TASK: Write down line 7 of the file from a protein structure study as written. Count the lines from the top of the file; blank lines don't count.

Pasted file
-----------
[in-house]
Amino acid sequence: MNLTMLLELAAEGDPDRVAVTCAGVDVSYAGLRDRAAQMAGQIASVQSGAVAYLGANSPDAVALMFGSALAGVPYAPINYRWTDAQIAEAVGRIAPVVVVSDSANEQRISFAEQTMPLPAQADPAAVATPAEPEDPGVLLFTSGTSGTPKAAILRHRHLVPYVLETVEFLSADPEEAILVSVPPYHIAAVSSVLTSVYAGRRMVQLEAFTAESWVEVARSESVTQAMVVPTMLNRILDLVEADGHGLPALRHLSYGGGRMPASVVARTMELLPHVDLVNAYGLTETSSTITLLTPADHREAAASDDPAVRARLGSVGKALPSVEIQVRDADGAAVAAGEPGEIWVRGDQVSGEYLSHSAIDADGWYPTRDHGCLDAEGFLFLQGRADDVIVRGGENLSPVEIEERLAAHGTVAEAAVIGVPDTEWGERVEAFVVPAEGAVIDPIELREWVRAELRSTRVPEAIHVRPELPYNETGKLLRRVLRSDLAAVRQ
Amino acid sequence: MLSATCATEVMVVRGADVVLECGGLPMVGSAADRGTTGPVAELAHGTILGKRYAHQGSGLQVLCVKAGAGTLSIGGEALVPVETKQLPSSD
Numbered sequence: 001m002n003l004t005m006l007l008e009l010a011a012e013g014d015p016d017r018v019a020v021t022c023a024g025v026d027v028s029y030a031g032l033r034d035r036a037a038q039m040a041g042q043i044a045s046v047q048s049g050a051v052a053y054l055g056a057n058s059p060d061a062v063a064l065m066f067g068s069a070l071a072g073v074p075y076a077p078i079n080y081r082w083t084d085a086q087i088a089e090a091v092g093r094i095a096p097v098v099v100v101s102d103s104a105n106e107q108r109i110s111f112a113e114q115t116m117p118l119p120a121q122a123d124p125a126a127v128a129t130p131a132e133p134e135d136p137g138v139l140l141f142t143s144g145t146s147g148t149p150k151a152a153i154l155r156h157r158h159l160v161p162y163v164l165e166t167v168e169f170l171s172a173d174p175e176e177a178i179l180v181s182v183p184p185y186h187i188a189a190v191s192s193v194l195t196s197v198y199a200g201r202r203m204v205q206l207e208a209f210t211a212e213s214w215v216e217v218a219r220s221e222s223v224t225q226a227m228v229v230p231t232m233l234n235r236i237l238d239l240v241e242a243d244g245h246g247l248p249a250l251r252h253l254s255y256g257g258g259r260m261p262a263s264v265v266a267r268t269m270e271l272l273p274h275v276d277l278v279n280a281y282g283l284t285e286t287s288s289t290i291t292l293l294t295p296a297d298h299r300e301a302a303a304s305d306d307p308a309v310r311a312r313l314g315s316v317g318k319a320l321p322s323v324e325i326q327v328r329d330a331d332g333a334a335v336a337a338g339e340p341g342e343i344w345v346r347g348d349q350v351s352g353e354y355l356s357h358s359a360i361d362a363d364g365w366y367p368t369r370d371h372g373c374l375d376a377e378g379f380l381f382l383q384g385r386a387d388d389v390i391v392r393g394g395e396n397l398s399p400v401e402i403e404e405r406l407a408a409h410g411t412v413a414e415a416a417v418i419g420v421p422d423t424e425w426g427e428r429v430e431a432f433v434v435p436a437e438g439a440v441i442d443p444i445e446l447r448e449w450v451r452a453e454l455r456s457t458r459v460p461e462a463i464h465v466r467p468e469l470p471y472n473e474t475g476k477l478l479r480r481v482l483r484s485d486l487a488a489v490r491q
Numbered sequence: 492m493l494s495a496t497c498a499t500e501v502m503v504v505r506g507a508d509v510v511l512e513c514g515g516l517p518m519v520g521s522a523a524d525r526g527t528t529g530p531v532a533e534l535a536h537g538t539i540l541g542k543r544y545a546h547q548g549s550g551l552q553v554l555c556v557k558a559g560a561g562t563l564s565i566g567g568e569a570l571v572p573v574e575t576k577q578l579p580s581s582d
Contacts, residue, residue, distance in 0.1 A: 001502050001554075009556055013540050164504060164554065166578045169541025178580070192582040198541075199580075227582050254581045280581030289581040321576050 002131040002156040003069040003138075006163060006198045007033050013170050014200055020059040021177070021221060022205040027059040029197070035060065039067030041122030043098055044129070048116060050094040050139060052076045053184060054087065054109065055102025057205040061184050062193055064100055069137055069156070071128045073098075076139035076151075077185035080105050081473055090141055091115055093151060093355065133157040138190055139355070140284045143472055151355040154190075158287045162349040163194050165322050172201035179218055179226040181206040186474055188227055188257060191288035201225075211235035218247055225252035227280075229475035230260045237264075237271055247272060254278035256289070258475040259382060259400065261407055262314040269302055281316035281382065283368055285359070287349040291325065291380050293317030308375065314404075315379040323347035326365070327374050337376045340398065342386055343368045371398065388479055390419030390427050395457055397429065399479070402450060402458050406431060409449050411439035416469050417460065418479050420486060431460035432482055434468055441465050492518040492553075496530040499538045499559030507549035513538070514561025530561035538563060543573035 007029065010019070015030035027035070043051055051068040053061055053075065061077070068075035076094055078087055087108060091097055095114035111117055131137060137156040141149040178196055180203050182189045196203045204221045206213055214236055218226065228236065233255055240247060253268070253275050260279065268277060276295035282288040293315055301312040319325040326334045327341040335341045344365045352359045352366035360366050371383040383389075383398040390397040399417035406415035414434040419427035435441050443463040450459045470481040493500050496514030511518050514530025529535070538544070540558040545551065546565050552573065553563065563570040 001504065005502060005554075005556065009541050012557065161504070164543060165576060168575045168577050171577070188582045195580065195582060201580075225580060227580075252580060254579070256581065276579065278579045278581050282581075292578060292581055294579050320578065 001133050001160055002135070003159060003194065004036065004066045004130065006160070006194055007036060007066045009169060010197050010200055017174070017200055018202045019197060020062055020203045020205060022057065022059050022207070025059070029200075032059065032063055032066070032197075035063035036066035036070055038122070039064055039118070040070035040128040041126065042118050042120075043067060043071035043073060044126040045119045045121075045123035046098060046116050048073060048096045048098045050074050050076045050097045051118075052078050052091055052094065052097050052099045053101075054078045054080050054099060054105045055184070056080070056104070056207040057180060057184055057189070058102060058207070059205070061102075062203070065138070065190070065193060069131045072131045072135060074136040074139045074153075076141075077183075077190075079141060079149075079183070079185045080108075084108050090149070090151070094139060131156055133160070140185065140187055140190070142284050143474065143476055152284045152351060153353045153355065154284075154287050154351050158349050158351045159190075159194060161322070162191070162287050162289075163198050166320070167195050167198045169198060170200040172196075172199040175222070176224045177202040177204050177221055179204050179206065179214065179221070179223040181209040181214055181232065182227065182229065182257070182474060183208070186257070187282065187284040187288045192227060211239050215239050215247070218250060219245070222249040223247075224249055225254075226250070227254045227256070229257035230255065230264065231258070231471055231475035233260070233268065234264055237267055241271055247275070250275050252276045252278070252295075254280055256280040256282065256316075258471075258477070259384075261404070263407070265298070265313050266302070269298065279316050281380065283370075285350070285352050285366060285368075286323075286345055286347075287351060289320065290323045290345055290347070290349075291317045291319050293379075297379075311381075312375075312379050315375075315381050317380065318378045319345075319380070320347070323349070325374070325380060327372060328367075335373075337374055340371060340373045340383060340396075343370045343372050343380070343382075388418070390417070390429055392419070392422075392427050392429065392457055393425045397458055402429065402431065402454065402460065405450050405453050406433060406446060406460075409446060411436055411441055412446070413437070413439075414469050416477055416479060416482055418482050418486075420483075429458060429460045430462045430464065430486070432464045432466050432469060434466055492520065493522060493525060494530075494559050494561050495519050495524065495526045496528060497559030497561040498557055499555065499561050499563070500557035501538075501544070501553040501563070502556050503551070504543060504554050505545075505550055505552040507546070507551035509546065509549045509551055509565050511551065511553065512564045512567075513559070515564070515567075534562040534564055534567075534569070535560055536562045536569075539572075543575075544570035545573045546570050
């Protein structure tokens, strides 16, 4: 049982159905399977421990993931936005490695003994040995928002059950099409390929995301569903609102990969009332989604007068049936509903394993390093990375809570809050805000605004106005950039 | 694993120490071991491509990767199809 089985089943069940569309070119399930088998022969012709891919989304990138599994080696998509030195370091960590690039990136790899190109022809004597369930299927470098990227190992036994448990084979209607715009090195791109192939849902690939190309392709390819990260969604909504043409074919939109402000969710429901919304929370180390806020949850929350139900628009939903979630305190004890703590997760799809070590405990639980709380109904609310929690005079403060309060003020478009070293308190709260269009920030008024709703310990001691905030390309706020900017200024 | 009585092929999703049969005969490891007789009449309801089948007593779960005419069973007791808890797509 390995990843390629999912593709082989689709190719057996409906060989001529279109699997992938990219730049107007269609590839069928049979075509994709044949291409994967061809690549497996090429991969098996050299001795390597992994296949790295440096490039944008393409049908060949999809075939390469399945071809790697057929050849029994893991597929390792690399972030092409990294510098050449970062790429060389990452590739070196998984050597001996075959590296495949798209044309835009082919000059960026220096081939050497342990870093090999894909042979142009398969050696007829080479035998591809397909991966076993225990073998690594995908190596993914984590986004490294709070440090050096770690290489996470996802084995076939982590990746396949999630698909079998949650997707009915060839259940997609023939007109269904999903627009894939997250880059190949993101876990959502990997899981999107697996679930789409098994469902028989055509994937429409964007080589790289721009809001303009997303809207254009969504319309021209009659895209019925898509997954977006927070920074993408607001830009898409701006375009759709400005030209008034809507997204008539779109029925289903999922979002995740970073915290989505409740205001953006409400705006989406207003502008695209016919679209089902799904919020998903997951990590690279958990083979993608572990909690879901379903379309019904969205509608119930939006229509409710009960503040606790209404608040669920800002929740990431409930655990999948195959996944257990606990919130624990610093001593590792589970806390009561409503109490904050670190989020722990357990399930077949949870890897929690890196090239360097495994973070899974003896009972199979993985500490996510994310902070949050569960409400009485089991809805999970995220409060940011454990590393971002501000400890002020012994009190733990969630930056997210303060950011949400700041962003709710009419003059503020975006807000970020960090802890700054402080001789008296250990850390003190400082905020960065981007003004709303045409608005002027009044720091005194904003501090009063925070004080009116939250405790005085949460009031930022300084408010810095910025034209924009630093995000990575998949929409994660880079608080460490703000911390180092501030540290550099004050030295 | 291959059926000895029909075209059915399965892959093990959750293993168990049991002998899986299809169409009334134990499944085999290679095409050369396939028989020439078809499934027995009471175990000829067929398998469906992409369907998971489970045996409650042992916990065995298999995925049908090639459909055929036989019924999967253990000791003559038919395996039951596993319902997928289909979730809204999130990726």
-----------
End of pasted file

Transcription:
């Protein structure tokens, strides 16, 4: 049982159905399977421990993931936005490695003994040995928002059950099409390929995301569903609102990969009332989604007068049936509903394993390093990375809570809050805000605004106005950039 | 694993120490071991491509990767199809 089985089943069940569309070119399930088998022969012709891919989304990138599994080696998509030195370091960590690039990136790899190109022809004597369930299927470098990227190992036994448990084979209607715009090195791109192939849902690939190309392709390819990260969604909504043409074919939109402000969710429901919304929370180390806020949850929350139900628009939903979630305190004890703590997760799809070590405990639980709380109904609310929690005079403060309060003020478009070293308190709260269009920030008024709703310990001691905030390309706020900017200024 | 009585092929999703049969005969490891007789009449309801089948007593779960005419069973007791808890797509 390995990843390629999912593709082989689709190719057996409906060989001529279109699997992938990219730049107007269609590839069928049979075509994709044949291409994967061809690549497996090429991969098996050299001795390597992994296949790295440096490039944008393409049908060949999809075939390469399945071809790697057929050849029994893991597929390792690399972030092409990294510098050449970062790429060389990452590739070196998984050597001996075959590296495949798209044309835009082919000059960026220096081939050497342990870093090999894909042979142009398969050696007829080479035998591809397909991966076993225990073998690594995908190596993914984590986004490294709070440090050096770690290489996470996802084995076939982590990746396949999630698909079998949650997707009915060839259940997609023939007109269904999903627009894939997250880059190949993101876990959502990997899981999107697996679930789409098994469902028989055509994937429409964007080589790289721009809001303009997303809207254009969504319309021209009659895209019925898509997954977006927070920074993408607001830009898409701006375009759709400005030209008034809507997204008539779109029925289903999922979002995740970073915290989505409740205001953006409400705006989406207003502008695209016919679209089902799904919020998903997951990590690279958990083979993608572990909690879901379903379309019904969205509608119930939006229509409710009960503040606790209404608040669920800002929740990431409930655990999948195959996944257990606990919130624990610093001593590792589970806390009561409503109490904050670190989020722990357990399930077949949870890897929690890196090239360097495994973070899974003896009972199979993985500490996510994310902070949050569960409400009485089991809805999970995220409060940011454990590393971002501000400890002020012994009190733990969630930056997210303060950011949400700041962003709710009419003059503020975006807000970020960090802890700054402080001789008296250990850390003190400082905020960065981007003004709303045409608005002027009044720091005194904003501090009063925070004080009116939250405790005085949460009031930022300084408010810095910025034209924009630093995000990575998949929409994660880079608080460490703000911390180092501030540290550099004050030295 | 291959059926000895029909075209059915399965892959093990959750293993168990049991002998899986299809169409009334134990499944085999290679095409050369396939028989020439078809499934027995009471175990000829067929398998469906992409369907998971489970045996409650042992916990065995298999995925049908090639459909055929036989019924999967253990000791003559038919395996039951596993319902997928289909979730809204999130990726």